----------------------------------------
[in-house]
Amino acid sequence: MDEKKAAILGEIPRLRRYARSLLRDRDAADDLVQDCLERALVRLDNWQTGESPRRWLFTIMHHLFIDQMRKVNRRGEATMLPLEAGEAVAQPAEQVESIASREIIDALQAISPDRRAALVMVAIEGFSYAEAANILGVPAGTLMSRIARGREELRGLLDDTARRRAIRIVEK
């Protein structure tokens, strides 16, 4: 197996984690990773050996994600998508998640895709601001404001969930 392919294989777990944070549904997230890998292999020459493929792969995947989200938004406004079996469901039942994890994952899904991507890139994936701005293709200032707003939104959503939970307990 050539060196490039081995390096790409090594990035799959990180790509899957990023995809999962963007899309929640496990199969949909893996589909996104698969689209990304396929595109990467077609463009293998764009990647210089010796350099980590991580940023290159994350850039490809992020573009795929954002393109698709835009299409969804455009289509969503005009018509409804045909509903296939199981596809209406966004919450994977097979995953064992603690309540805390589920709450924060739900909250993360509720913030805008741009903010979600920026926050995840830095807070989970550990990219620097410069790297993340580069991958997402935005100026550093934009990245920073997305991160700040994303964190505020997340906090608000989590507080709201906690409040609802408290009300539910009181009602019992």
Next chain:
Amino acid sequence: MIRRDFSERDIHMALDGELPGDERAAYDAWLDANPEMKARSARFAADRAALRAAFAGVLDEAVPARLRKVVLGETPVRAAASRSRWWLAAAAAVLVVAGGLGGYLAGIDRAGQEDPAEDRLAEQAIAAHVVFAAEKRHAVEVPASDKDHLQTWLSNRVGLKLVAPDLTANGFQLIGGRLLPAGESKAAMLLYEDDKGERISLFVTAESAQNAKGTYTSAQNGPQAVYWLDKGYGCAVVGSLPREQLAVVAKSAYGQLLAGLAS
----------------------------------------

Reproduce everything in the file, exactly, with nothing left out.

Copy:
[in-house]
Amino acid sequence: MDEKKAAILGEIPRLRRYARSLLRDRDAADDLVQDCLERALVRLDNWQTGESPRRWLFTIMHHLFIDQMRKVNRRGEATMLPLEAGEAVAQPAEQVESIASREIIDALQAISPDRRAALVMVAIEGFSYAEAANILGVPAGTLMSRIARGREELRGLLDDTARRRAIRIVEK
């Protein structure tokens, strides 16, 4: 197996984690990773050996994600998508998640895709601001404001969930 392919294989777990944070549904997230890998292999020459493929792969995947989200938004406004079996469901039942994890994952899904991507890139994936701005293709200032707003939104959503939970307990 050539060196490039081995390096790409090594990035799959990180790509899957990023995809999962963007899309929640496990199969949909893996589909996104698969689209990304396929595109990467077609463009293998764009990647210089010796350099980590991580940023290159994350850039490809992020573009795929954002393109698709835009299409969804455009289509969503005009018509409804045909509903296939199981596809209406966004919450994977097979995953064992603690309540805390589920709450924060739900909250993360509720913030805008741009903010979600920026926050995840830095807070989970550990990219620097410069790297993340580069991958997402935005100026550093934009990245920073997305991160700040994303964190505020997340906090608000989590507080709201906690409040609802408290009300539910009181009602019992």
Next chain:
Amino acid sequence: MIRRDFSERDIHMALDGELPGDERAAYDAWLDANPEMKARSARFAADRAALRAAFAGVLDEAVPARLRKVVLGETPVRAAASRSRWWLAAAAAVLVVAGGLGGYLAGIDRAGQEDPAEDRLAEQAIAAHVVFAAEKRHAVEVPASDKDHLQTWLSNRVGLKLVAPDLTANGFQLIGGRLLPAGESKAAMLLYEDDKGERISLFVTAESAQNAKGTYTSAQNGPQAVYWLDKGYGCAVVGSLPREQLAVVAKSAYGQLLAGLAS